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MG MGB Technical - Adding fuses for extra protection
In the process of putting in a harness. As part of the process, I have added an extra in-line fuse to protect the overdrive. Any advice regarding which other inline fuses and where to add them to protect the harness in the future.
|Fuel pump and electric cooling fan (if you have one).|
|Hi, thanks for that. |
Anyone any advice on relays? I know that they are really good for fog lights and heaters etc.; however, I do think they look a bit ugly stuck on to the inner wing of cars. Maybe a holder would improve looks. Which one(s) would anyone recommend as being the mist useful?
Thanks in advance.
|A fuse on the permanently live circuits is good, a short on any of these is a fire in the making.
Relays on the headlight circuits have two benefits, 1. It takes the load off the lighting switch and flasher unit, increasing their longevity. 2. By not passing the supply through all those bullets, as well as the switch, the lights end up brighter! Put the relay as far forward as you can to reduce the number of connections and take a fused supply off the starter or alternator brown wires.
Autosparks and Vehicle Wiring Products can supply multiple relay holders.
|Factory electric cooling fans are fused.
Fuel pump is a must, both my cars came to me with that wire and the main harness damaged, and several I have worked on have been the same. Simplest place is where the white from the rear harness joins the main harness.
Overdrive where the manual switch is on the gear lever is also a must, but advisable for others. D-type may need two fuses as with the relay and vacuum switch toe supply is taken from two places, more info here http://www.mgb-stuff.org.uk/gearstext.htm#fuse
Headlamp relays and fuses are beneficial, especially if you have uprated them, but fuse each filament individually or you can be plunged into darkness if a problem develops from the relays out to the lights. Ditto for front and rear fog lights and spot lights.
|Thanks All, |
Paul I notice in your web site that you put in 35am fuses in the fuel pump in-line fuse and that 7am too low. Would 10amp be ok for the overdrive in-line fuse or best go up to 25amp?
The glass fuses used on MG's are current rated at 17amps, 35amps is the current which blows them.
But ..... sorry, it still does not make any sense to me, I'm afraid you've lost me there straight away. I have to be told -in exact detail (i.e. do that there ... preferably with colour piccies)- when it comes to car electrics.
As I said in a previous post, I'm a bit of an electrical dumbo - my brain just does not want to understand. PaulH did try to explain, bless him, but its all to no avail.
It's not as if I was not mechanically minded or (god forbid) scientifically challenged.
Any web site tips for a numpty like me to start to understand car leccy? Or, at least old car leccy.
Simple formula; amps x Volts = Watts.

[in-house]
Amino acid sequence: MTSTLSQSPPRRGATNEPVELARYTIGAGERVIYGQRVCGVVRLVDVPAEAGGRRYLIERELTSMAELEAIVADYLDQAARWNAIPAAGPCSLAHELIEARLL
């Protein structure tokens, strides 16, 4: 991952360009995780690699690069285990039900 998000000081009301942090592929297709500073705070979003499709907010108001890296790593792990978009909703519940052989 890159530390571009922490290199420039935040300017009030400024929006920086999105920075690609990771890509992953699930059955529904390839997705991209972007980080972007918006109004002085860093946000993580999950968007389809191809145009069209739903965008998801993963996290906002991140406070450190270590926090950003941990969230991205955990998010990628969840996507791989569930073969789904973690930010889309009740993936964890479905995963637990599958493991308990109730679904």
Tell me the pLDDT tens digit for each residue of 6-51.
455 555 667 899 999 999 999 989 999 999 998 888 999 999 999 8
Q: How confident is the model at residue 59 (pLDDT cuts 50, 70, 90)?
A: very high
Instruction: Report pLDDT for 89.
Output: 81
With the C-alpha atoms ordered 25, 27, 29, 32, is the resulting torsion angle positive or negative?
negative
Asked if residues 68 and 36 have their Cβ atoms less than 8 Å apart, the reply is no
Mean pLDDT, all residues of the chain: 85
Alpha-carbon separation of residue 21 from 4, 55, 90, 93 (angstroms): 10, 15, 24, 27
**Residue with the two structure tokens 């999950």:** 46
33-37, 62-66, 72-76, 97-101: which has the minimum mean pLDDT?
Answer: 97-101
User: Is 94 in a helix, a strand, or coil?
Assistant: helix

e.g. a 60 watt bulb on a 12 volt circuit draws 5 amps.......5 x 12 = 60.
A fully charged and healthy battery can deliver 13.2 volts. Whatever the current rating of any particular circuit, think in terms of the load (bulb, pump etc) acting as a restriction to the current flow. However if the load is short circuited by the wire going straight to earth, for whatever reason, the maximum amperage of the battery, well in excess of 70 amps, passes through the wire. A wire which is designed to carry a max of 17amps, will quickly heat up like an electric fire element and burn the insulation. The 35 amp blow fuse will quickly disintegrate before the insulation and anything combustable around it gets ignited. Hence any circuit without the safety of a fuse can be a potential danger if the wire gets it's insulation chaffed through. Not sure about the current draw of an SU pump, but can't see it being much more than 2 amps, but the pulsing puts that up for very short periods. But, as said, you want to protect against a direct short to earth so stick to 17amp.
|This is how I took care of this on my 67 GT. I added Relays that bolt under the front sheet metal where the hood latches. I also added a period fuse block above the original. This fuse block covers the head lights, tail lights and OD. I also added a relay for the brake lights. (left side of the coil)
That does look very tidy, I may well look copy your idea of a period fuse box similar to yours.
I was thinking of putting the relays in a specialised enclosed 'box' holder underneath the bonnet 'slam panel' (I think that's the name for it) so that the relays are generally out of view and as the box/holder is a marine application - it has covers to ensure water does not get in - should not be affected by water spray. Could even put a splash guard.
This thread was discussed between 09/08/2017 and 14/08/2017
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